The Worst Bomb Of My Career

It was one of the worst shows of my career.

It just happened. Just within the past few weeks.

I bombed onstage so hard that you might have thought I’d never done this before. It was ROUGH.

I should have known that it was going to be a disaster from the moment I arrived at the venue. The sound system was broken, so there would be no microphone. The room originally planned for the show had a double booking, so my act was moved elsewhere. The organizers of the event seemed busy and distracted. All signs pointed to a horrible outcome.

The new room was full of distractions. Smoothies being made loudly opposite my performance area, multiple people coming in and out of the room, and large windows behind me with no blinds to shield the sun pouring in from outside.

But, the show must go on. So with no mic and no other choice, I started the show.

Fifteen minutes in and everything was going off the rails. No one was paying attention. People couldn’t hear me or they had an obstructed view. Try as I might, my theatrically trained voice just wasn’t loud enough to command the attention I so desperately needed. I was dying a slow and painful death in front of a room of strangers and still had 45 minutes to go.

I went through my set list in my mind, quietly crossing pieces out that just wouldn’t work in this scenario. “Nope, can’t do that one. Or that one. That won’t work. Oh man, this isn’t good…” I thought to myself, as I realized that I was very nearly out of options.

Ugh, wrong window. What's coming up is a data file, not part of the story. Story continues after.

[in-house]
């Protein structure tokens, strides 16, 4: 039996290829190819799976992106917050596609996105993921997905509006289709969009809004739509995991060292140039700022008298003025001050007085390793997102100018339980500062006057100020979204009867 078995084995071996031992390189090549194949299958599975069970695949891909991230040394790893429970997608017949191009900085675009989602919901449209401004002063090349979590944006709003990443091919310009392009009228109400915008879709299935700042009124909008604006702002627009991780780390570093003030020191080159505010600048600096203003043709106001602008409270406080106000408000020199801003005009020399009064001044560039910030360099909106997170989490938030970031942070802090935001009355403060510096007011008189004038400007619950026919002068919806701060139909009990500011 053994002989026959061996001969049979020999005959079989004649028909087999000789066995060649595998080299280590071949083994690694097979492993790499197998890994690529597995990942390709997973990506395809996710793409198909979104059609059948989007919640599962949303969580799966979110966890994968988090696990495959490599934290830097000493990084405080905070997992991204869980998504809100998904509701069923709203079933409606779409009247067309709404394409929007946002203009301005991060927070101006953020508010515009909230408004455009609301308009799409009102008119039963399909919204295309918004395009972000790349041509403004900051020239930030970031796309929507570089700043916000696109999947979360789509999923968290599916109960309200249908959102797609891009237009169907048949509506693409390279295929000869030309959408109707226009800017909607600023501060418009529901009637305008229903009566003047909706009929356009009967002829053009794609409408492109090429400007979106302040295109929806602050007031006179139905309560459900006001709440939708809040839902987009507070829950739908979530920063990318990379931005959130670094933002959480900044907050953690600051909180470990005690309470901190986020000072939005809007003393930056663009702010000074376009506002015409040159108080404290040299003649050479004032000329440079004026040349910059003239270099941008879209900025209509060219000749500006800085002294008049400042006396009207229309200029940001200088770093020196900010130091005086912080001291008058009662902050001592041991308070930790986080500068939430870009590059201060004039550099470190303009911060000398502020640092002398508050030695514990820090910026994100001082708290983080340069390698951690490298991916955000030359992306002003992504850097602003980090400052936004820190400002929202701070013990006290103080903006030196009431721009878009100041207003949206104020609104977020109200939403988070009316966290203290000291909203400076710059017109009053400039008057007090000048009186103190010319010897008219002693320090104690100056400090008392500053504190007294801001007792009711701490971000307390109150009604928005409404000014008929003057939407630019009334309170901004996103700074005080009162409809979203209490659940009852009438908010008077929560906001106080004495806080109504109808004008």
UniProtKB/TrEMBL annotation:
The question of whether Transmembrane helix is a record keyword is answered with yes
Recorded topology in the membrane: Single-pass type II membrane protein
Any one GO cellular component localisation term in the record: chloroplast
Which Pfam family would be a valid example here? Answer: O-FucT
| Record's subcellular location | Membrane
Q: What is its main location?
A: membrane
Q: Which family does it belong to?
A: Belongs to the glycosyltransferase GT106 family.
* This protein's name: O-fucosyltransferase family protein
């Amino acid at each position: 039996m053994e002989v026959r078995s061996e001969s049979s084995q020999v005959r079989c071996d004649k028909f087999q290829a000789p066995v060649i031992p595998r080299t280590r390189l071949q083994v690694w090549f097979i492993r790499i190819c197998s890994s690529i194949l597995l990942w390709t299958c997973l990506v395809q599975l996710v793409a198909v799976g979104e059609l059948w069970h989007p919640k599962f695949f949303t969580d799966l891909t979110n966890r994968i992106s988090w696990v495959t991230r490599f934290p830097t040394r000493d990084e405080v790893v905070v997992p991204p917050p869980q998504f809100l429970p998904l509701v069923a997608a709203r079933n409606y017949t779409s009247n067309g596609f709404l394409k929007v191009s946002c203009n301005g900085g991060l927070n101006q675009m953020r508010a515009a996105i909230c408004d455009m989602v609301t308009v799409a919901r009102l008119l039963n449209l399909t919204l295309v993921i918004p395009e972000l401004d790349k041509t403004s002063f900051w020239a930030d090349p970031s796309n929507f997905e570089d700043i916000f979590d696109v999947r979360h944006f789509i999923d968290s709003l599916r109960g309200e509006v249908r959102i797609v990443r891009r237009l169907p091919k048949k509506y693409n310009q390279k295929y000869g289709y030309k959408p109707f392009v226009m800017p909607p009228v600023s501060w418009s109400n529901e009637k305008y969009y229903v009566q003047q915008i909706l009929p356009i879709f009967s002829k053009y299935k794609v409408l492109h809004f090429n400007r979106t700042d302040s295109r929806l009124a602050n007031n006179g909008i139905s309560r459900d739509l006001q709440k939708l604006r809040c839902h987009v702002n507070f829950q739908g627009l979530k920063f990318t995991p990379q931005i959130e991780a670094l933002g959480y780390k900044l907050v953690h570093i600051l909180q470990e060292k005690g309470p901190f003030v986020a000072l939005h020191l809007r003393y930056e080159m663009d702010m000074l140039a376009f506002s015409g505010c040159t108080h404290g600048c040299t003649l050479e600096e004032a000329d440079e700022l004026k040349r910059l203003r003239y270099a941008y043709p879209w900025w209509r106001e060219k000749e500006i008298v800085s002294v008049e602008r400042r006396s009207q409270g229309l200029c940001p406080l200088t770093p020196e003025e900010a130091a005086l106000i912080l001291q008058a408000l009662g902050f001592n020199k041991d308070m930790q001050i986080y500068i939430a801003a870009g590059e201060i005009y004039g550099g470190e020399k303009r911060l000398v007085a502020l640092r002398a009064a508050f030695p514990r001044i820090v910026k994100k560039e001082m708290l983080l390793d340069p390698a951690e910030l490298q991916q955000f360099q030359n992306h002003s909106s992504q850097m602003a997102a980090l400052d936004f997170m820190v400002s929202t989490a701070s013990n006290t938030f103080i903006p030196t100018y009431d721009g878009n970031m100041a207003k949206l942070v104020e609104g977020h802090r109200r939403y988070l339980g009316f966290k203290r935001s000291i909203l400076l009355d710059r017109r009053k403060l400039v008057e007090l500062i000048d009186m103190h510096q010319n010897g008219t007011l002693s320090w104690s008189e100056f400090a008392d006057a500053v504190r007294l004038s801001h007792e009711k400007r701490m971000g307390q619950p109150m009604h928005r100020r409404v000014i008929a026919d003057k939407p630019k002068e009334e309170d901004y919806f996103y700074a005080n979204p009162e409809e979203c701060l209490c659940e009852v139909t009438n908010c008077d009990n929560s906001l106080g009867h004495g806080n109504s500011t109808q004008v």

I looked up at the room. A handful of people were scattered around the area, none of them paying me any mind. And I thought to myself: “Wow, I’m bombing.

Suddenly, everything changed. The second I thought those words to myself: “Wow, I’m bombing” I knew that it was all okay.

Ask any professional entertainer and they’ll tell you they’ve bombed dozens (maybe hundreds) of times. It happens to the best of us. You don’t want it to happen, but it’s inevitable. It’s going to happen eventually and forcing myself to acknowledge it made me realize that everything was going to be all right.

In that moment, I decided to lean into it and “take the L”. I didn’t have another option, so I figured I would just make the most of it. So I started heckling myself…

“Well, this is going about as well as I thought it would!” I shouted into the void, hoping one of the 12 people in the room might respond. One guy snickered from the back, so I called out to him.

“This is the only guy laughing at my jokes…what’s your name, sir?”

“I’m Mike, but shouldn’t you know that since I’m your agent?” he joked.

Without missing a beat, I responded, “Mike, you need to get me some better gigs.”

Two other students laughed from the other corner. One of them yelled out, “Tough crowd!”

“Tough crowd?” I yelled back, “I don’t see a crowd anywhere.”

In that moment, I started to feel in control of the situation. I was still bombing, it was still embarrassing and painful to go through, but I was owning it. I was so aware of the moment that I was able to laugh at my predicament and not let it bother me.